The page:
rot13 also takes quite a lot of processing power, especially now that Unicode is a thing. Better just take the input as raw binary stream and xor it against a fixed value. You can write the whole thing in like a dozen or so assembly instructions.
In the same loop you can compare your password to the expected one as well, no need for a wasteful second loop.
It's been a few decades since i've done some assembly coding, but something like this should probably do it:
USERINPUT = $1000
PASSWORD = $2000
ldx $0; counter/offset
lda USERINPUT,x ; if null byte, check done and password ok
eor #$aa; XOR with constant
sbc PASSWORD,x ; substract byte of password
bne wrongpassword ; invalid byte
inx ; increment offset
jmp loop ; work on next byte
Edit: Ooops. By accidentally using the zero byte termination of the user input instead of the stored password, i seem to have recreated a rather classic exploit. In this, the user determines how many bytes are checked. If the user simply presses enter at the password prompt, the number of checked bytes is a staggering "none at all", which bypasses the check completely.
If i just swap USERINPUT and PASSWORD around, the check still works thanks to our totally secure XOR method. But there is STILL a problem, because now the thing only checks the number of bytes in PASSWORD, ignoring any additional bytes the user has typed in. So if the password is the letter "p", anything beginning with that letter (like "password1" or "perlmonks") will be accepted as valid. On the bright side, we not only saved a few assembly instructions, the algorithm is extremely fast.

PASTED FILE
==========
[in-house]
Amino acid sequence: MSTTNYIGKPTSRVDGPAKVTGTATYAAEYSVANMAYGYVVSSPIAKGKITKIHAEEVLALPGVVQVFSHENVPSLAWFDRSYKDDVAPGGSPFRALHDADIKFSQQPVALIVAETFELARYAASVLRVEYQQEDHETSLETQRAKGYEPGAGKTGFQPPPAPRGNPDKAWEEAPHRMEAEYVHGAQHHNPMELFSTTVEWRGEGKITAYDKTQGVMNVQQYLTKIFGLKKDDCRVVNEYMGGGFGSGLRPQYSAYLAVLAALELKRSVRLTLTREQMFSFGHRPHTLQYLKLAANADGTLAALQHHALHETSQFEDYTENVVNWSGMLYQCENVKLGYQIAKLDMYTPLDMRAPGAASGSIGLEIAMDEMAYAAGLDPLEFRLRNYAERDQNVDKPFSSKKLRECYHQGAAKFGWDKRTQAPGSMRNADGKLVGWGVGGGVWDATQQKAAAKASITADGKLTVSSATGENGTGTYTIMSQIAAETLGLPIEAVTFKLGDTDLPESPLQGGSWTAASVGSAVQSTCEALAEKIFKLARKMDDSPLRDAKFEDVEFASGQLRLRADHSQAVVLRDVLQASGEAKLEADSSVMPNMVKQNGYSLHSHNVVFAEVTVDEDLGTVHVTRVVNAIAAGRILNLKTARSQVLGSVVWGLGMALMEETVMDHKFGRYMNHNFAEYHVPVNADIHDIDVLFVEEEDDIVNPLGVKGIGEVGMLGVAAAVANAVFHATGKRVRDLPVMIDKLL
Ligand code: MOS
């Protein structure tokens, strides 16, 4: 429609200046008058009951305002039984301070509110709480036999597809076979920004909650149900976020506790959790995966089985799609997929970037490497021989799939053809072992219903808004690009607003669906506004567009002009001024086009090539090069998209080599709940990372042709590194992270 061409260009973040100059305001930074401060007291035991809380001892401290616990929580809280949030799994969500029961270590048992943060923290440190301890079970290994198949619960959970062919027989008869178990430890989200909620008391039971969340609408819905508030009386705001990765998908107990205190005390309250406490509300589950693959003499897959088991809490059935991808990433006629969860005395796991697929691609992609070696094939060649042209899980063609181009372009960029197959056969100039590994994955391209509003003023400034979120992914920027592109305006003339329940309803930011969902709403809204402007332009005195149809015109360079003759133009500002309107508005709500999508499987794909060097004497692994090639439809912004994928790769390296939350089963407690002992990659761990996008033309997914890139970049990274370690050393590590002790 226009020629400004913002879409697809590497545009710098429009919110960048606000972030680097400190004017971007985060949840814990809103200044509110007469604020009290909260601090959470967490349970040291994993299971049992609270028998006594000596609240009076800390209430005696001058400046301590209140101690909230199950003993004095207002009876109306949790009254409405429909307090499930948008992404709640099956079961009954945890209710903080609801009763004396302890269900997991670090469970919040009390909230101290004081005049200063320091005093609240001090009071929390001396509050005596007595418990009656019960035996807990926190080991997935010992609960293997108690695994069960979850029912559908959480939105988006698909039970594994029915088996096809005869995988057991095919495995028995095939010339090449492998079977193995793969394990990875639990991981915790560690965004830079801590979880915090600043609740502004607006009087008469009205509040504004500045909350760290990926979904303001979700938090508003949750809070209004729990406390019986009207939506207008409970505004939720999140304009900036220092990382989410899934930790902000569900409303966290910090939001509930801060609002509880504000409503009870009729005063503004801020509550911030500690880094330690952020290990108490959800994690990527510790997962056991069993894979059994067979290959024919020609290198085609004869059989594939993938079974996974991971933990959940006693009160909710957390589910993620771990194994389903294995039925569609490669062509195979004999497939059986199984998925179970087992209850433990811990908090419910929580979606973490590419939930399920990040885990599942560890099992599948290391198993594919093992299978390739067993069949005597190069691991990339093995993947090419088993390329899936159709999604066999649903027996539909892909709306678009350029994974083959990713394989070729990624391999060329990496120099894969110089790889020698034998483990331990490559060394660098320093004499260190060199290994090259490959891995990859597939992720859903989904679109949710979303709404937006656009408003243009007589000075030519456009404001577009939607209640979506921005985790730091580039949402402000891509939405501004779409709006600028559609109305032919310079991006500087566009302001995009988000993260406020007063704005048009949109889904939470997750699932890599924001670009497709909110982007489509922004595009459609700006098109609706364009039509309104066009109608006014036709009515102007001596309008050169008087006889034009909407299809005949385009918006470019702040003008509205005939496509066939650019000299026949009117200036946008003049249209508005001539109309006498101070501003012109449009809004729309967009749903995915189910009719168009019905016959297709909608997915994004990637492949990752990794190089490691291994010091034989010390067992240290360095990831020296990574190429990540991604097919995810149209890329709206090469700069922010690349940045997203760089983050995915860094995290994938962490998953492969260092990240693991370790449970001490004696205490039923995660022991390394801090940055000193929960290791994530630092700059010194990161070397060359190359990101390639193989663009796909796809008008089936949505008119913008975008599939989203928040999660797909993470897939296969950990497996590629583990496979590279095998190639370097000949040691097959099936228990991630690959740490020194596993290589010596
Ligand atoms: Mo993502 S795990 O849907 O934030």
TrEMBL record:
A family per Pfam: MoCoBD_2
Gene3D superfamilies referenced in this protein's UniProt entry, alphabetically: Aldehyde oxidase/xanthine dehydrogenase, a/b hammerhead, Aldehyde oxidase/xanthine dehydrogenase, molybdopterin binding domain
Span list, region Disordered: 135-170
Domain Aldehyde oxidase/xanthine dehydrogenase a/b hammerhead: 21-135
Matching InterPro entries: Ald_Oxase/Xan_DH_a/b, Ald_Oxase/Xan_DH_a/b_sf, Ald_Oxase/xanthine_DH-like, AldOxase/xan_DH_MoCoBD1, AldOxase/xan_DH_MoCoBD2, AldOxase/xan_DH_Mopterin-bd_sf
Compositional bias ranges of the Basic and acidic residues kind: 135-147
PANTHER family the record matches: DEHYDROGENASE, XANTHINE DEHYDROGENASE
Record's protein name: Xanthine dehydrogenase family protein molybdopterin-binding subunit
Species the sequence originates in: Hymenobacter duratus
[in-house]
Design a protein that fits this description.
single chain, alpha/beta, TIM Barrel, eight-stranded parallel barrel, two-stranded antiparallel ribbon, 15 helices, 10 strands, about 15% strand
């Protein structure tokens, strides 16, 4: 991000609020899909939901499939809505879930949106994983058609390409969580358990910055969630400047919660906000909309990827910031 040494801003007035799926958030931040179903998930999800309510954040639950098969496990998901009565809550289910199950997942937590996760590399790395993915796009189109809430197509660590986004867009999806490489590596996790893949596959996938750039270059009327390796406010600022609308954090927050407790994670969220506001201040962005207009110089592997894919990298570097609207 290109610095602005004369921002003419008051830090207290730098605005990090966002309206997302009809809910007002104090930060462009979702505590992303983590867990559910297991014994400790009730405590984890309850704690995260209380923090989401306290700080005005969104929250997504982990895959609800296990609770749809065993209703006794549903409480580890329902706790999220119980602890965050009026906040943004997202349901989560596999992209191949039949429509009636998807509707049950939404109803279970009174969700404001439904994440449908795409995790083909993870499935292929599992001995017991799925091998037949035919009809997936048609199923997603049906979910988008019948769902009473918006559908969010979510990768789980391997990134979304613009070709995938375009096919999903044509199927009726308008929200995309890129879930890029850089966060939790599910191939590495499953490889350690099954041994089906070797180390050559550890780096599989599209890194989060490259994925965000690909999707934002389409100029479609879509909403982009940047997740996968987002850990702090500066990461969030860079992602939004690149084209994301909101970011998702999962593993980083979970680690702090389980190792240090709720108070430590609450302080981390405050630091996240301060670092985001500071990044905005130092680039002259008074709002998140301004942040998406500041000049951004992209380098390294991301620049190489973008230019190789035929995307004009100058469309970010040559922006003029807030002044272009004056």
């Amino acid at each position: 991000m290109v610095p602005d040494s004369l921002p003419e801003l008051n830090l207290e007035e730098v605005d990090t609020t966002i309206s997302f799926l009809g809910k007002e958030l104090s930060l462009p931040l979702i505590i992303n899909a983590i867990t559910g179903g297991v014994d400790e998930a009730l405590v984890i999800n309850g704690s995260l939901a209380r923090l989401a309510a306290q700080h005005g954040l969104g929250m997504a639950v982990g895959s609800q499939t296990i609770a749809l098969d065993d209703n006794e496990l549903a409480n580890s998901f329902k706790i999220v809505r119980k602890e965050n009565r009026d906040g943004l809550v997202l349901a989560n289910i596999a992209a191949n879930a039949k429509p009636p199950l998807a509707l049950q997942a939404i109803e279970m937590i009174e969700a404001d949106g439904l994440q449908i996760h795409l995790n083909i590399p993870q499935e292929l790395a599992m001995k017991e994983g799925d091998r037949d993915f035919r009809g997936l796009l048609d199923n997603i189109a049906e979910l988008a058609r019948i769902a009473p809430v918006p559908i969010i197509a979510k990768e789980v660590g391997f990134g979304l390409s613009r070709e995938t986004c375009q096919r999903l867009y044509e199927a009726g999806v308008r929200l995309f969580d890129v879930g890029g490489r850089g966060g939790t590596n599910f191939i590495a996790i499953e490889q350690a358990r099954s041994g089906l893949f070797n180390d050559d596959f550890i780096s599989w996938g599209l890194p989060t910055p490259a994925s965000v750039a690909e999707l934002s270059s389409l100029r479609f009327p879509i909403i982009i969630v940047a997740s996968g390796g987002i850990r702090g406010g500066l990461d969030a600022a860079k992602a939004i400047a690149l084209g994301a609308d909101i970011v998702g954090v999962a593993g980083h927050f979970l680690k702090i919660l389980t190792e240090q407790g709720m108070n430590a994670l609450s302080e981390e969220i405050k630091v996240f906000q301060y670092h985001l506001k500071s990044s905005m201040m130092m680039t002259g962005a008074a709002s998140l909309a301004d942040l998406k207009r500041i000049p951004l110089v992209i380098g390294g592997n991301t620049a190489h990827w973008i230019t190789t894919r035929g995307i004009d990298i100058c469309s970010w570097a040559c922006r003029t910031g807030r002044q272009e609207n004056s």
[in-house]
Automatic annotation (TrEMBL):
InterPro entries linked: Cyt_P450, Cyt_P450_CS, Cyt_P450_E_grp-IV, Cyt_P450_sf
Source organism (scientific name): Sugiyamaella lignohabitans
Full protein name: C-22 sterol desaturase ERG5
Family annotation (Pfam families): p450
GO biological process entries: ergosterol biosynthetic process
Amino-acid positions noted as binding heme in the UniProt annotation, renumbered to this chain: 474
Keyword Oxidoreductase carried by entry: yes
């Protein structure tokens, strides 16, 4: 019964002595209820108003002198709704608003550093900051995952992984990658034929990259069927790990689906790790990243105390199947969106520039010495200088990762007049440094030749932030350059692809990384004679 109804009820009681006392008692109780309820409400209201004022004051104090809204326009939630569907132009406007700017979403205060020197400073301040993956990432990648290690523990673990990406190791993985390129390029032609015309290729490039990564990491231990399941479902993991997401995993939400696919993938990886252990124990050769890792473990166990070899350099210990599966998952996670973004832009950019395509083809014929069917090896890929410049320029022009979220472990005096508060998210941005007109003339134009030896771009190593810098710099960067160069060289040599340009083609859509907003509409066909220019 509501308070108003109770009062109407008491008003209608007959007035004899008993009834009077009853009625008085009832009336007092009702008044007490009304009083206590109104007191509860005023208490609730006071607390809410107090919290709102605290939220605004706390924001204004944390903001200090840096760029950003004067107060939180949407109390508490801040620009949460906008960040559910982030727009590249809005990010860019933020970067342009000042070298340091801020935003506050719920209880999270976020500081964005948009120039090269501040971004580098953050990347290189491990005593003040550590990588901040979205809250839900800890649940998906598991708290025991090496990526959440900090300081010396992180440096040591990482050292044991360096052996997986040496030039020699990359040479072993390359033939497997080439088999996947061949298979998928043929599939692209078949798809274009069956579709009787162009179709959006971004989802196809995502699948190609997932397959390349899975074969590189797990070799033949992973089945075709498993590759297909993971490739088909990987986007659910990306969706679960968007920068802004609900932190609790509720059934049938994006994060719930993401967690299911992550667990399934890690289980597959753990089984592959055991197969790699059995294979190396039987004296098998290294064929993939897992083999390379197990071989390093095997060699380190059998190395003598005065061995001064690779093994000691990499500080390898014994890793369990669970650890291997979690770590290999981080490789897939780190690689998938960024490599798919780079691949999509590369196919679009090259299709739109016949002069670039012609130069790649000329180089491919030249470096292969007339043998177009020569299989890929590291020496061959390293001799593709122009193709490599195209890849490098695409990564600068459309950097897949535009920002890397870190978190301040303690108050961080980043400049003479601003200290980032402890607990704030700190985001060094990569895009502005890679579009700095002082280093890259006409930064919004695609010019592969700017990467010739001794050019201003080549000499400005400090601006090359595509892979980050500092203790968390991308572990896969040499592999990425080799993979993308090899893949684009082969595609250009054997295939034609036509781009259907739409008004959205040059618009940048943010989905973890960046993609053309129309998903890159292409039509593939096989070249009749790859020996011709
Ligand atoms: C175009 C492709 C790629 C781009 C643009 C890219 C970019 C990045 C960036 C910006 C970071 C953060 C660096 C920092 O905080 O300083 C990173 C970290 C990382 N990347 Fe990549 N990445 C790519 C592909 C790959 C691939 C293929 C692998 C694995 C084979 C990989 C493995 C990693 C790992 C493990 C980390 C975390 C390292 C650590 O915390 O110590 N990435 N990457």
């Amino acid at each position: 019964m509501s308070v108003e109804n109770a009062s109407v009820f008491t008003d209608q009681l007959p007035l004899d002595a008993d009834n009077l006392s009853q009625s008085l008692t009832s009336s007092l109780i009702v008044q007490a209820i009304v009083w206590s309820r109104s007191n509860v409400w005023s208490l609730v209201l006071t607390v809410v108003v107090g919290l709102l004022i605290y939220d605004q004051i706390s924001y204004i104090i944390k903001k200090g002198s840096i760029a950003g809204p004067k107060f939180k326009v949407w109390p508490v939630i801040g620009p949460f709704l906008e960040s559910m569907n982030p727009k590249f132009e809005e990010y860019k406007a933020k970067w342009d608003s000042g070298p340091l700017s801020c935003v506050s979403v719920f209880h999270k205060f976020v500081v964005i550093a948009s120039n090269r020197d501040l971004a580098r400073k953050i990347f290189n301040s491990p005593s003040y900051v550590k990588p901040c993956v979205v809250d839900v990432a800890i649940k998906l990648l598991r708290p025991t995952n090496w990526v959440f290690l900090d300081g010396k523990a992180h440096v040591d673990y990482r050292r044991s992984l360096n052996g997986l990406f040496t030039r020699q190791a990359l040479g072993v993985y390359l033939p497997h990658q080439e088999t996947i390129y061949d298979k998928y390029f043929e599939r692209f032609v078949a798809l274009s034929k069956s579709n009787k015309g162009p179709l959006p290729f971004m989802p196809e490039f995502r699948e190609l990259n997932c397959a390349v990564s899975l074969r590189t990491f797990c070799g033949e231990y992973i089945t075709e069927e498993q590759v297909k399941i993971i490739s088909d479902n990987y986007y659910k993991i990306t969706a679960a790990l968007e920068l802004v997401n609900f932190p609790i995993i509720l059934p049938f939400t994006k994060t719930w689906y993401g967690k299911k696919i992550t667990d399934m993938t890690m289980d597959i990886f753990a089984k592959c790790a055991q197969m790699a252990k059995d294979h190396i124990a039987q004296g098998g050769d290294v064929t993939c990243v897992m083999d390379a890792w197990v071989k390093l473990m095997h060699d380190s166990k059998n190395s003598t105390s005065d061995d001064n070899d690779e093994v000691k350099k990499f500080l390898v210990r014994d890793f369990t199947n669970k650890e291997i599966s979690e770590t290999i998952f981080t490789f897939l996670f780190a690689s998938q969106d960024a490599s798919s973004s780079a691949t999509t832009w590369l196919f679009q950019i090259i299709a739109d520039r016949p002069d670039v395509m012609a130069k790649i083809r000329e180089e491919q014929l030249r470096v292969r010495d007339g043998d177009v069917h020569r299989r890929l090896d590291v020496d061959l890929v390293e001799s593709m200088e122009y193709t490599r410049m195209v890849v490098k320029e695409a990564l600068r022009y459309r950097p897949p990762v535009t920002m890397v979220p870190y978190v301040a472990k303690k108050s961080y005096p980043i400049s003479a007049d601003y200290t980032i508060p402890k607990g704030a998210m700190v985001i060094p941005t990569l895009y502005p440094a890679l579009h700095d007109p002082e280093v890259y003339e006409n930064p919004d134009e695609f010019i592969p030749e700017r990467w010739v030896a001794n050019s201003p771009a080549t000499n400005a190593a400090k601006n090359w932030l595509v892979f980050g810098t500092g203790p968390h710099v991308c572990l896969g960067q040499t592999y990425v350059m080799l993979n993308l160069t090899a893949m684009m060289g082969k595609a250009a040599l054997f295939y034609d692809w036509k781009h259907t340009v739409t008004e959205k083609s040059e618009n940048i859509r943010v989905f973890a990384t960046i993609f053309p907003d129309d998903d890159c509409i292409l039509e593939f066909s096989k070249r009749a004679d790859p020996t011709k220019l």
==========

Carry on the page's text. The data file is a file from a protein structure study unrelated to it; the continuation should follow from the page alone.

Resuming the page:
On the other upside, if we use the code as posted, we can potentially byte-by-byte read out parts of the program memory by adding additional bytes to the user input and see if the the password still matches. It's because the thing will keep reading beyond the end of the stored password string and comparing it to the user input. Now, we can't submit a Zero-byte, because that would end the check, but if we excluded all other possible values for this byte we know it is a zero anyway. It would still end our memory exploration because we can't validate any more bytes, so it's a game of luck. Still, we need (at maximum) 255 tries per byte...
perl -e 'use Crypt::Digest::SHA256 qw[sha256_hex]; print substr(sha256_hex("the Answer To Life, The Universe And Everything"), 6, 2), "\n";'